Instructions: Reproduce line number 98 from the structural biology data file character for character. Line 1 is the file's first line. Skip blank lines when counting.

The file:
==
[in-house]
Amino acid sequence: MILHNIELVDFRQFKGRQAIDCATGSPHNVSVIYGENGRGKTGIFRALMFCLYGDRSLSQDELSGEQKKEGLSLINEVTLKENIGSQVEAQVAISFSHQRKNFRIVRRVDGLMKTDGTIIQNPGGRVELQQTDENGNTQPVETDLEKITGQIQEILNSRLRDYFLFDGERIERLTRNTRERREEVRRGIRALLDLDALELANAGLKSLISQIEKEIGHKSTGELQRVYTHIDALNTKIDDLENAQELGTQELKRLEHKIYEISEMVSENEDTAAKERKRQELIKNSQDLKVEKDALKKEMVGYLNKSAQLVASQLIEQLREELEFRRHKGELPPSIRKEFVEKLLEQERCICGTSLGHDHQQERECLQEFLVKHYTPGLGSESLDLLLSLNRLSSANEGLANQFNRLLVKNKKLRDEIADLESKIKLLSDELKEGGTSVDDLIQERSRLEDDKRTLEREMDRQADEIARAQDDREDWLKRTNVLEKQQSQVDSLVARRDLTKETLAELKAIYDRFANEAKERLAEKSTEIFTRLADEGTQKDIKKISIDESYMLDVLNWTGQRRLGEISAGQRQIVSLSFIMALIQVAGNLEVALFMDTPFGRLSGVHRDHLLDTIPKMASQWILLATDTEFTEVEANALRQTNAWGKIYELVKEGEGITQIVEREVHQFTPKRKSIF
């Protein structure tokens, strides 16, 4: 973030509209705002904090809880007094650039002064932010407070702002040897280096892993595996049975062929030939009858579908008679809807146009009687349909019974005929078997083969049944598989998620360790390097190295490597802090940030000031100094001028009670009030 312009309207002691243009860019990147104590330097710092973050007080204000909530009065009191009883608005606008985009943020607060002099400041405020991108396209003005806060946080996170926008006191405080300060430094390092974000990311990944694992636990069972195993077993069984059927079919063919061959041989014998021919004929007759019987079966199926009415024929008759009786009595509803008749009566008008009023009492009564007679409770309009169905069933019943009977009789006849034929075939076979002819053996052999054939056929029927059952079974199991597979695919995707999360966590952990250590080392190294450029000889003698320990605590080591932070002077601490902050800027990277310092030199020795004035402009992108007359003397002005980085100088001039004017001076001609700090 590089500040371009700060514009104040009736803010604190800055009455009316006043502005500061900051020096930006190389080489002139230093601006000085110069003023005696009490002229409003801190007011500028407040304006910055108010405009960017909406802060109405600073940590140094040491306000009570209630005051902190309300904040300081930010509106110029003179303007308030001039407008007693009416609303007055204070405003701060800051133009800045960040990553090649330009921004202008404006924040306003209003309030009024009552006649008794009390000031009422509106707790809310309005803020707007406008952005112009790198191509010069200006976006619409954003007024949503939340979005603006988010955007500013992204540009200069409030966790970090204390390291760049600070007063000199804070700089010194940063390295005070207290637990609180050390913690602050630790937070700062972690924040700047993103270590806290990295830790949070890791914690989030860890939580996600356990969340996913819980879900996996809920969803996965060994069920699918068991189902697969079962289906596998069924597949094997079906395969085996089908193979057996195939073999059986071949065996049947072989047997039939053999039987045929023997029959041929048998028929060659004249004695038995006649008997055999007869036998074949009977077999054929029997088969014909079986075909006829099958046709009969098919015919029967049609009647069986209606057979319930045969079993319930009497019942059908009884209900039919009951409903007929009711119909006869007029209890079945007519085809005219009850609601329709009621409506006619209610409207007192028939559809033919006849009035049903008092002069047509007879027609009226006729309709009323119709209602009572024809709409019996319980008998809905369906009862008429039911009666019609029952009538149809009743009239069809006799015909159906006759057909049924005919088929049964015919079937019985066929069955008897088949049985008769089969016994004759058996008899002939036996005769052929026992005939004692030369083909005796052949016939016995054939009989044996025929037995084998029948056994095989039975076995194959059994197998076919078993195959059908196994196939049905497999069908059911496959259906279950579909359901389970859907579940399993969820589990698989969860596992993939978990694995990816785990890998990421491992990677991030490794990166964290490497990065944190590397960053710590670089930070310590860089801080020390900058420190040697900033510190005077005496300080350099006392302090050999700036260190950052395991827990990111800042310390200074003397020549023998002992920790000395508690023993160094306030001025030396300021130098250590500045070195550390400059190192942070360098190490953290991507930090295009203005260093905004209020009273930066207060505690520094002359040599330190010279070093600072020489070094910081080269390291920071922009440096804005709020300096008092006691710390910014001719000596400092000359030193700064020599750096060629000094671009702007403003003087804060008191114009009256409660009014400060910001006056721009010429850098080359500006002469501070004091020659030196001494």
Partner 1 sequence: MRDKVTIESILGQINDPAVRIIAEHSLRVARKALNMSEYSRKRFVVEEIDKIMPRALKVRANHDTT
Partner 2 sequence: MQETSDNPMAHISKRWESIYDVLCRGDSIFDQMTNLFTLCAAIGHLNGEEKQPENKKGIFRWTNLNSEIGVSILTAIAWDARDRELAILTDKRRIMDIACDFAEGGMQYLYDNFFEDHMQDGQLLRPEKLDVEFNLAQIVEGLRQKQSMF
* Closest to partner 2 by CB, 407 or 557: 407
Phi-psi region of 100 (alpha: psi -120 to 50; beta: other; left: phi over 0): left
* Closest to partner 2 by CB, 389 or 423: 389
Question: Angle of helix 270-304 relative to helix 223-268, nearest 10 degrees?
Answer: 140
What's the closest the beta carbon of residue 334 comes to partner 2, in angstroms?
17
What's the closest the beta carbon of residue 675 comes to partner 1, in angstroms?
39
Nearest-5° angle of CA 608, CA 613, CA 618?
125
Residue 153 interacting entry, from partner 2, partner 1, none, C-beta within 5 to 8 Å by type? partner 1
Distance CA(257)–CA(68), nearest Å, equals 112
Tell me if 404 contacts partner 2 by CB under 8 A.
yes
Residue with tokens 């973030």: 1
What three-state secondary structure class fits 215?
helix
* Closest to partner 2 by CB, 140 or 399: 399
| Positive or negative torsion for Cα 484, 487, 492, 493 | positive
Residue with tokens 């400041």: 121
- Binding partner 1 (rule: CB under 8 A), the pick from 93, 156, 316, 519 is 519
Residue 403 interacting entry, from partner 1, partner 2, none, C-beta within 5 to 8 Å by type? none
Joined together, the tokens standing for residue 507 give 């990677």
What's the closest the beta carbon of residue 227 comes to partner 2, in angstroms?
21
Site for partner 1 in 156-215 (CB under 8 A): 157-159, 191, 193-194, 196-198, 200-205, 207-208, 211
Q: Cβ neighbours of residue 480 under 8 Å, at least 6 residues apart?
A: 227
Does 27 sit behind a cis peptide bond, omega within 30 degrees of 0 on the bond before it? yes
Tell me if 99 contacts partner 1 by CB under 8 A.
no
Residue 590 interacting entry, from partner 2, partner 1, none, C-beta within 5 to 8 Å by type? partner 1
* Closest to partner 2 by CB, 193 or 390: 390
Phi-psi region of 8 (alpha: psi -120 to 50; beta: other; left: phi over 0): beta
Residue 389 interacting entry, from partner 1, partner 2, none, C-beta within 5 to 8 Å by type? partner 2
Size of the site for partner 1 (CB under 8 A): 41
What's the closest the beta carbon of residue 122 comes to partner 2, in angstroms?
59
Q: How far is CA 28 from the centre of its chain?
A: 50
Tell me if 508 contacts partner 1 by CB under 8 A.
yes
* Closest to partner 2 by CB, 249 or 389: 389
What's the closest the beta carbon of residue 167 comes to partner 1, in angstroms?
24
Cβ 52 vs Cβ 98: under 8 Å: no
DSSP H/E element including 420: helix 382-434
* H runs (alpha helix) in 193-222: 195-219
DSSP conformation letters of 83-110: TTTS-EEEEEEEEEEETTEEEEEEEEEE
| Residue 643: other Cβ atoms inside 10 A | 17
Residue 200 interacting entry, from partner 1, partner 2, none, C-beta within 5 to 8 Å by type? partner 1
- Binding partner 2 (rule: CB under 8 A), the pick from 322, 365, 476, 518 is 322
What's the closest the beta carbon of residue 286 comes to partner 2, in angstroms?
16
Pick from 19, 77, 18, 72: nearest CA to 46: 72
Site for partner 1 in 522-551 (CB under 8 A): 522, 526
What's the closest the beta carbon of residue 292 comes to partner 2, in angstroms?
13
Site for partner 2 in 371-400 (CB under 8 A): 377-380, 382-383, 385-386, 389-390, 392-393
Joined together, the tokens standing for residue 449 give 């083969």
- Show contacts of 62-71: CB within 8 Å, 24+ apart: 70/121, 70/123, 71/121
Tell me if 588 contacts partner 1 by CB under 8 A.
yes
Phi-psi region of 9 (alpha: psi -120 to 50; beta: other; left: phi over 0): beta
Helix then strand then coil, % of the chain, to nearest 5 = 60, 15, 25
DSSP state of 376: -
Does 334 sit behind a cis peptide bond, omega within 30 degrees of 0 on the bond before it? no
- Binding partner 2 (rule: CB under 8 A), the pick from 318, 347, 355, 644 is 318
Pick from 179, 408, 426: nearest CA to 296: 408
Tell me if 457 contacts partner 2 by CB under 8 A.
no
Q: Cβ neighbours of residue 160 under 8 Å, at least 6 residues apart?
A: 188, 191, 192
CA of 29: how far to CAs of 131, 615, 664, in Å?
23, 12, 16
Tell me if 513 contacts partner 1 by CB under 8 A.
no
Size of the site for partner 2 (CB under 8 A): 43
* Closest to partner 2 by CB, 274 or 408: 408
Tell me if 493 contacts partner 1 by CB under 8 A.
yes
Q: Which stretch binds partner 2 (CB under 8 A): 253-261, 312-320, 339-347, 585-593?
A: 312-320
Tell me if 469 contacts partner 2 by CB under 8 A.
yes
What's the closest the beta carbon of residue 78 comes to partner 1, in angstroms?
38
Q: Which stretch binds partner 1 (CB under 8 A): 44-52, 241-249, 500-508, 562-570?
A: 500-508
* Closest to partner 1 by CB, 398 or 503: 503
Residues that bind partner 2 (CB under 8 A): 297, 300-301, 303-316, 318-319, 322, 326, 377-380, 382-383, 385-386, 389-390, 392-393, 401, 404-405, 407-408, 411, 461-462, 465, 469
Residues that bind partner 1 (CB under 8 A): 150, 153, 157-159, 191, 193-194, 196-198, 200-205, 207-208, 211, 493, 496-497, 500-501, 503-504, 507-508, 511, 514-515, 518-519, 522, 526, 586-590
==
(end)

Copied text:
Residues that bind partner 1 (CB under 8 A): 150, 153, 157-159, 191, 193-194, 196-198, 200-205, 207-208, 211, 493, 496-497, 500-501, 503-504, 507-508, 511, 514-515, 518-519, 522, 526, 586-590